[aprssig] How to do a HIKING APRS event!

Bob Bruninga bruninga at usna.edu
Mon May 9 17:52:15 EDT 2011

APRS provided great tracking of the 4 SWEEP hikers and nearly 150 event
runners at the Hike Across Maryland event.  We used 144.39 +600 split
digipeating for a tripling of packet reliability to well above 90% from the
poor 30% or less on previous attempts with normal operations on 144.39
simplex.  You can see a summary of these techniques on the web page:


Unbeknownst to most hams, APRS is easily used to record the positions and
sttus of almost all 150 Hikers during the day too by using text messaging
(from two young hams under 25 who have no fear of texting on a key pad)...

I handed my two kids a TH-D72 APRS radio for their sweep hike duties and
asked them to MESSAGE every hiker # they passed.  My son got to see the
radio the night before, but daughter only got instructions on how to operate
the radio and APRS during her 10 minute breakfast.  TO them, learning the
radio was no big deal.  It was as simple as their cell phones!

After the event, I was amazed! AJ's dozen or so messages reported the TIME,
Location and hiker number of 98 different runners.  My daughter's dozen or
so messages reported about 48 during their few hours on the trail!

THey said it was no big deal,  No different than sending a tweet or an
email.  And remember, that my daughter had only seen a D72 for the 10
minutes while I trained here during breakfast before her hike (never used
APRS before).  She picked it up instantly.  AJ had only seen the radio the
night before but was an expert overnight.

In contrast, I just dont understand why hams have such a complete aversion
to the value of APRS text messaging!  We have hams that have owned their
APRS radios for nearly a decade and do not send or respond to any text
message information.

Looking at the message list in my kids radios AFTER the event when they got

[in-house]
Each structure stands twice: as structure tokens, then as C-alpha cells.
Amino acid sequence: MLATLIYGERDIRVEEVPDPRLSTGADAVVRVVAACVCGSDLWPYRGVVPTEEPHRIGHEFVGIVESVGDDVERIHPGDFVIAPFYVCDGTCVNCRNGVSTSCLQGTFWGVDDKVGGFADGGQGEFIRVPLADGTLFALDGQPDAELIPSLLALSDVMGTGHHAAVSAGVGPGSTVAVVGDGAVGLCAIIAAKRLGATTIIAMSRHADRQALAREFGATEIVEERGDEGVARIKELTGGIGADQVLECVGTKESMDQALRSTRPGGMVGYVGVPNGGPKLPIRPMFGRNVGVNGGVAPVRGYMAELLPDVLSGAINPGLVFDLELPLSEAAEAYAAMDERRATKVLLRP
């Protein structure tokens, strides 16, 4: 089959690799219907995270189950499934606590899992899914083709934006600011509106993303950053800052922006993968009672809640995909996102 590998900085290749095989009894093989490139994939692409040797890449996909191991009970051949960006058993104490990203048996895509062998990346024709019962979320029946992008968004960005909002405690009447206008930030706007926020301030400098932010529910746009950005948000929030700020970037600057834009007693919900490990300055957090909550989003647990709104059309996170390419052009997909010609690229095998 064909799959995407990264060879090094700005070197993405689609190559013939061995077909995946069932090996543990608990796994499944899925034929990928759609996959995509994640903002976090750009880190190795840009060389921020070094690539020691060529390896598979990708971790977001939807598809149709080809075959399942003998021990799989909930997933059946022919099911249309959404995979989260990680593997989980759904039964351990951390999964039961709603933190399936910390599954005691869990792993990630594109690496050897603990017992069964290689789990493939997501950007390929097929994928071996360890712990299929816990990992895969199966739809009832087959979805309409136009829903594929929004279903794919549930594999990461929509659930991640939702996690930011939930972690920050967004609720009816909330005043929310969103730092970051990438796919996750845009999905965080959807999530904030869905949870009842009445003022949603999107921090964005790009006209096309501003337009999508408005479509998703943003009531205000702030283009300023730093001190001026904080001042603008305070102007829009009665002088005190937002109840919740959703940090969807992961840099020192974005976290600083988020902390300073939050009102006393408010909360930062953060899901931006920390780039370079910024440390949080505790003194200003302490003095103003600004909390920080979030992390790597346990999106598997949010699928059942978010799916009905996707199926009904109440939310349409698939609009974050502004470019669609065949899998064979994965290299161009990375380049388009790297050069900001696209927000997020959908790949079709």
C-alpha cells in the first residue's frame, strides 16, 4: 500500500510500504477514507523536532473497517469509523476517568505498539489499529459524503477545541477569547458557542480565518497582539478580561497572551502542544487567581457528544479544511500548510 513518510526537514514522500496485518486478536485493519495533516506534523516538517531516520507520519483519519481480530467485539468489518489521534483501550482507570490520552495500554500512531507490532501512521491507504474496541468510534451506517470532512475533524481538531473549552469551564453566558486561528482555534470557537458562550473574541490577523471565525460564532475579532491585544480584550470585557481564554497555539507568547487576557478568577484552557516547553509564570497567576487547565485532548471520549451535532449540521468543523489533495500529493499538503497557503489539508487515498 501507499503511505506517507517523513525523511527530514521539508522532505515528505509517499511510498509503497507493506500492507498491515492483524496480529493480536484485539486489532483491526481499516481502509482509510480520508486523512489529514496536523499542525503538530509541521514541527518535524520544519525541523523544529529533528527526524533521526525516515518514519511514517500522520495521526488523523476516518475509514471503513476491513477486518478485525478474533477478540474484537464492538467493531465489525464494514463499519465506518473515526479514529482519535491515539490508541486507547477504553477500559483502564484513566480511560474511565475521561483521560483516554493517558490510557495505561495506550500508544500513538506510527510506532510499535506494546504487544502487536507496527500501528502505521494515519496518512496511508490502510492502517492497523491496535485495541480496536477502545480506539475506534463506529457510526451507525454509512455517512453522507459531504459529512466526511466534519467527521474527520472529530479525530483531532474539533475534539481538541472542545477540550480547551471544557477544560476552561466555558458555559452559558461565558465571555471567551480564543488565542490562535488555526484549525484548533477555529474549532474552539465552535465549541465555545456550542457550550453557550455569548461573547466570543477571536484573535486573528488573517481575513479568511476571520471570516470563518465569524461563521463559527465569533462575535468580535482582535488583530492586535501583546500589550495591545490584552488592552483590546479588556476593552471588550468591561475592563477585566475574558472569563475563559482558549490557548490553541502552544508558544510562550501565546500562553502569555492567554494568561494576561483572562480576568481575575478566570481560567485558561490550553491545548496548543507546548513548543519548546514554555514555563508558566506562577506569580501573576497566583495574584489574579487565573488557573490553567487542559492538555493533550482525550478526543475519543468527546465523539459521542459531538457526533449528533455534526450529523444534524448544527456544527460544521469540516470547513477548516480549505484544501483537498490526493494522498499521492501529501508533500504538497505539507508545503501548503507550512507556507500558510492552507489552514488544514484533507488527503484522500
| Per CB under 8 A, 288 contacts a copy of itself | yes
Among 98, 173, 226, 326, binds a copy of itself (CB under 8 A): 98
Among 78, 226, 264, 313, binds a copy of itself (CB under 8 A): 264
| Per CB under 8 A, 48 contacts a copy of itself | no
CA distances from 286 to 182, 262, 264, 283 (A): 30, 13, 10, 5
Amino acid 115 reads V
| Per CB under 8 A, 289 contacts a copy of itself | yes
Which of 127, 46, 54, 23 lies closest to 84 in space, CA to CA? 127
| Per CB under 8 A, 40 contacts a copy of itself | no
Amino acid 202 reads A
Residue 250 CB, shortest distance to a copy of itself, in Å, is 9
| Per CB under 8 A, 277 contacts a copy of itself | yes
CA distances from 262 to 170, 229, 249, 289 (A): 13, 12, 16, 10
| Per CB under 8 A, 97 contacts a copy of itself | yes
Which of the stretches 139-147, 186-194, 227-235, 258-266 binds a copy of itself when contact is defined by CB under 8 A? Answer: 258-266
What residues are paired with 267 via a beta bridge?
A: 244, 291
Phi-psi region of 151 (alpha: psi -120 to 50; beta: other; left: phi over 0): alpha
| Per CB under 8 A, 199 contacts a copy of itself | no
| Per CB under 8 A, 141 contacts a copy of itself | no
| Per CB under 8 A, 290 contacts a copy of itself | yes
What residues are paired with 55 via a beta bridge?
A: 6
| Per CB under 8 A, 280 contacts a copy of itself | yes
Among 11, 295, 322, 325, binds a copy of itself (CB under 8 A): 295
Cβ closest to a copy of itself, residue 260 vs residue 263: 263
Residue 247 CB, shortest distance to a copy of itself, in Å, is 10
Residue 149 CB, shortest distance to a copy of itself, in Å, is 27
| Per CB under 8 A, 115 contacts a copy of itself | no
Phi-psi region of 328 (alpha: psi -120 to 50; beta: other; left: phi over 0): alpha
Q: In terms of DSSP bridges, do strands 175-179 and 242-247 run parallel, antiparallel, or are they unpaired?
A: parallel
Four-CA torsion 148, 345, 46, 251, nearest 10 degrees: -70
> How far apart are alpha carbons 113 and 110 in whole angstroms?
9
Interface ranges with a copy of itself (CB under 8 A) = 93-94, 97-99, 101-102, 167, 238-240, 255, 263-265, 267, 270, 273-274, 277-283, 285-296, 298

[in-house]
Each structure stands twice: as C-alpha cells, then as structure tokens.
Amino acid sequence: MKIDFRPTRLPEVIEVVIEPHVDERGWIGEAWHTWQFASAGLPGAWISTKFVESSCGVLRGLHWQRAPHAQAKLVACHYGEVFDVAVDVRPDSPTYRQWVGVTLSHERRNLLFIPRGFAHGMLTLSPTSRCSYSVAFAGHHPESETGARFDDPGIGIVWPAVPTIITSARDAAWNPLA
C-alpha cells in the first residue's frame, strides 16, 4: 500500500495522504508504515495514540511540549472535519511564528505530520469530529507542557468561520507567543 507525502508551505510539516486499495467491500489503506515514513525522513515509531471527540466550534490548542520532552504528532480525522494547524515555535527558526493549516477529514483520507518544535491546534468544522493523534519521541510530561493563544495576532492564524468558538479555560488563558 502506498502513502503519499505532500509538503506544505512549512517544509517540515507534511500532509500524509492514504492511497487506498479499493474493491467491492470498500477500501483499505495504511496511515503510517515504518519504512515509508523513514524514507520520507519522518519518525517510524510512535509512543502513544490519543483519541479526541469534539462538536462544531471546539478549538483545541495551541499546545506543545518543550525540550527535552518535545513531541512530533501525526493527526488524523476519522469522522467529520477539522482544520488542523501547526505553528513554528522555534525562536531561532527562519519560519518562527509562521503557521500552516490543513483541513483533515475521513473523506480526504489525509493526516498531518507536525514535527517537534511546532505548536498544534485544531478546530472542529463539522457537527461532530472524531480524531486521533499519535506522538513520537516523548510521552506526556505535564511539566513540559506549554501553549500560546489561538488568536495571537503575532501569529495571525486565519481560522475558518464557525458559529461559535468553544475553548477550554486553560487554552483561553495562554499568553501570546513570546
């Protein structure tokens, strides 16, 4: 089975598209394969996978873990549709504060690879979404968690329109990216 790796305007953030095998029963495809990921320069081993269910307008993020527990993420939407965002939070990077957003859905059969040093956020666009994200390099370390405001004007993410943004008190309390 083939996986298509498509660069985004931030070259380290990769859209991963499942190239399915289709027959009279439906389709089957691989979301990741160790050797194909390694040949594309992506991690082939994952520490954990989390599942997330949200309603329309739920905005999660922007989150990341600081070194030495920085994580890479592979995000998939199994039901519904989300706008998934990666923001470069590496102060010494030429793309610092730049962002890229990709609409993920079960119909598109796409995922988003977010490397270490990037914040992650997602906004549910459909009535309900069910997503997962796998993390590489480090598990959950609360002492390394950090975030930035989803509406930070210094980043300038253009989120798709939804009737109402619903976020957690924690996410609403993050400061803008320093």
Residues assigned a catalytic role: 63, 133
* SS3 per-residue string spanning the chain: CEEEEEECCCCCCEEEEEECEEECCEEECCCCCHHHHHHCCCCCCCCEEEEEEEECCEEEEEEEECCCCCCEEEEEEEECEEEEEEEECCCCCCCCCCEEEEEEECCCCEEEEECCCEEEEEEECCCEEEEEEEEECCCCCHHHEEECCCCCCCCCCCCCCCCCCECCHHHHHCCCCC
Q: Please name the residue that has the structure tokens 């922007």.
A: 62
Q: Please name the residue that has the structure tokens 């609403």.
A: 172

home, there in their radios were the TOTAL 40 or so APRS messages sent by
everyone at the event, containing the time and hiker number reports from

With just an APRS HT anywhere over the 40 miles of maryland, anyone could
just hit the MSG key, scan the messages, and FIND the last report of the
hiker # they were interested in.  There was just no need for us doing voice
to call a station to ASK when did they last see hiker X.  It was all there
in every APRS radio that was ON.

THe reason I didnt see this during the event, was because I was at the
finish line at Harpers Ferry and did not get setup and receiveing anything
until the late afernoon, and by then the messages from these hikers were

Actually, I was very bored there at the end of the trail, because there was
no hiker # info for me to ENTER, since by then the other checkpoints were
closed down and there was no one to see the data. APRS ACTIVITY AT ANY EVENT
IS A *** DATA *** INPUT *** function.  Not a sit and watch event.  If you
think APRS is just for displaying moving GPS units, then you miss the whole
point.   Your APRS job at any event is to ***ENTER*** information so others
can access it!

BOttom line, there is no reason why we cannot report the passing of every
runner at every checkpoint and have it accuulated in EVERY APRS radio at the
event.  Two kids did it who had never even seen an APRS radio before.

With the hiker numbers reported in APRS messages,  Then ANYONE with an APRS
radio can answer the "where is runner XXX" question by just scrolling
through the messages from the last checkpoint and seeing WHEN that runner
passed a point.

We can do this.

Using the 144.39 +600 offset, we had very reliable APRS coverage the entire
route!  BETTER THAN VOICE too.  I could text my son when he was in a
marginal area when voice was not working that well.

The THD72 and maybe the VX8R APRS radios have 100 deep message memories now.
SO capturing every message during the event is possible.  THe older D7 and
D700 radios would only retain the last 16 messages or so, and would only be
able to review only the last hour or so of hiker # reports, but in most
cases, those 16 messages each one containing 10 runner numbers would still
cover the most recent info on the 130 runners who actually finished the

There were LOTS of other lessons learned, but it will take me a while to
write them up.


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